“Da bedstefar var dreng og Danmark var i krig”. Almindelige danskeres erindringer og selvbiografier om Besættelsen 1940-45
Lene Eklund-Jürgensen: “Da bedstefar var dreng og Danmark var i krig” (When grandfather was a boy and Denmark was at war). Memories and autobiographies of ordinary Danish people concerning the Occupation 1940–45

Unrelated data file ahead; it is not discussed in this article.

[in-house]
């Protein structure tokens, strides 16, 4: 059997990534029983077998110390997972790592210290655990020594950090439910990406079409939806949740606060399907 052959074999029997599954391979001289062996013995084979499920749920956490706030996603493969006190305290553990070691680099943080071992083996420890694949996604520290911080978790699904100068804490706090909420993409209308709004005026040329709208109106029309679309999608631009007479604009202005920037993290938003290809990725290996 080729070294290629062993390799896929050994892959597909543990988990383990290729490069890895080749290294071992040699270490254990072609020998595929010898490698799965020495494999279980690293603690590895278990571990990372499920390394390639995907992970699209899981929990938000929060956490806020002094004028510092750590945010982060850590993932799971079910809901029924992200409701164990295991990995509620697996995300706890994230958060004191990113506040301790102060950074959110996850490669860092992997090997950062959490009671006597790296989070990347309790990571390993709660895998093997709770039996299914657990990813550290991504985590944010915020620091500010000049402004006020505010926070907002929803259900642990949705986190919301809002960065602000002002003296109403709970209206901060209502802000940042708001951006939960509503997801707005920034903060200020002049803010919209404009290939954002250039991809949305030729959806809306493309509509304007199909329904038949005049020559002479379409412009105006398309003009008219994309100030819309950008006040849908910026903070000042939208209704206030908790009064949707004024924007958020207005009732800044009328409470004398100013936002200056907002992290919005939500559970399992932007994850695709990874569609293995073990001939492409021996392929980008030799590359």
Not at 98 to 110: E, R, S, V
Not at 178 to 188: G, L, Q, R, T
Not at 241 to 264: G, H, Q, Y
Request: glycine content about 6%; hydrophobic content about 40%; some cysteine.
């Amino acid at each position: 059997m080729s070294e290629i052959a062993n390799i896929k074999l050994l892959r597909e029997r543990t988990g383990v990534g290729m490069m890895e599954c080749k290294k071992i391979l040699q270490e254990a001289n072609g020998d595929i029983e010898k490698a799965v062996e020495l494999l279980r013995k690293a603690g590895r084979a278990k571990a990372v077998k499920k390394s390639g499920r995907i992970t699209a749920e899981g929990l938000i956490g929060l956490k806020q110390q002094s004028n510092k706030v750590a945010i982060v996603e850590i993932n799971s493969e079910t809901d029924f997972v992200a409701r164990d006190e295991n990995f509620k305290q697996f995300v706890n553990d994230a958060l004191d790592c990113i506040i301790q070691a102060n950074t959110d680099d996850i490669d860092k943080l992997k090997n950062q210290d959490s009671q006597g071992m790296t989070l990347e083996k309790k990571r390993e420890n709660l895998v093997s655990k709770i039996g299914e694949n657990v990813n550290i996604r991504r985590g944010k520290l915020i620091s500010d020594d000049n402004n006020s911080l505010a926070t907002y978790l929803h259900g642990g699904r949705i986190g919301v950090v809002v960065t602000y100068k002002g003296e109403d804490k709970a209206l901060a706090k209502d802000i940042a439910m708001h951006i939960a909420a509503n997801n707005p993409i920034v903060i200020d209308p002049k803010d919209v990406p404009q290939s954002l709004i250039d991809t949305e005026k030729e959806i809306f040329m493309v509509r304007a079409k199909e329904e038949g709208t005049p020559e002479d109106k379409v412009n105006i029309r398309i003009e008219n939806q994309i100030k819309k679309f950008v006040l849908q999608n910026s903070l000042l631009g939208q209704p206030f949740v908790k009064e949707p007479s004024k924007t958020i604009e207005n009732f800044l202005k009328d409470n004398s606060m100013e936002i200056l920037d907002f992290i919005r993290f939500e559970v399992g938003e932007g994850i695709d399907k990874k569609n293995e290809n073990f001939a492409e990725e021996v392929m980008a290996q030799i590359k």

In the last few years, the Dansk Historisk Bibliografi (Danish Historical Bibliography) database has included a number of autobiographies covering the period 1940–45. These collections of accounts provide a voice for ordinary Danes, describing how they as children experienced the occupation and how since then, they have reflected over that period of their lives. The authors’ autobiographies build up a narrative about the occupation, drawing on both personal experiences and memories and events the authors have been witness to, as well as the memories and experiences of other people that they have heard about or read about. It can often be difficult to separate the memories of these personal experiences from more general reported experiences that many Danes experienced. Autobiographies’ memories from periods other than 1940–45, are strongly egocentric and focus on private experiences, in contrast to the memories about the occupation which focus on the period as a collective experience. This narrative provides a personal angle, where the author’s own experiences are added as a supplement to the overall Danish experience. Most often what is described is the how the authors’ families lived during the war and especially, what their parents did during the war and what they experienced during the war. Often, the authors were too young to remember more than voices and scattered dramatic episodes from the occupation. In general, many of the authors personally remember the military planes that flew overhead and episodes relating to the air battles above Denmark. In addition, the authors describe everyday life, the Germans and the first and last day of the occupation. The episodes, experiences and events that the authors draw on in their autobiographies have been described many times before, but the autobiographies provide a double perspective of the occupation, where the authors both recount their childhood memories and at the same time reflect upon these memories many years later. The autobiographies are excellent source material to study the culture of reminiscing and the use of history.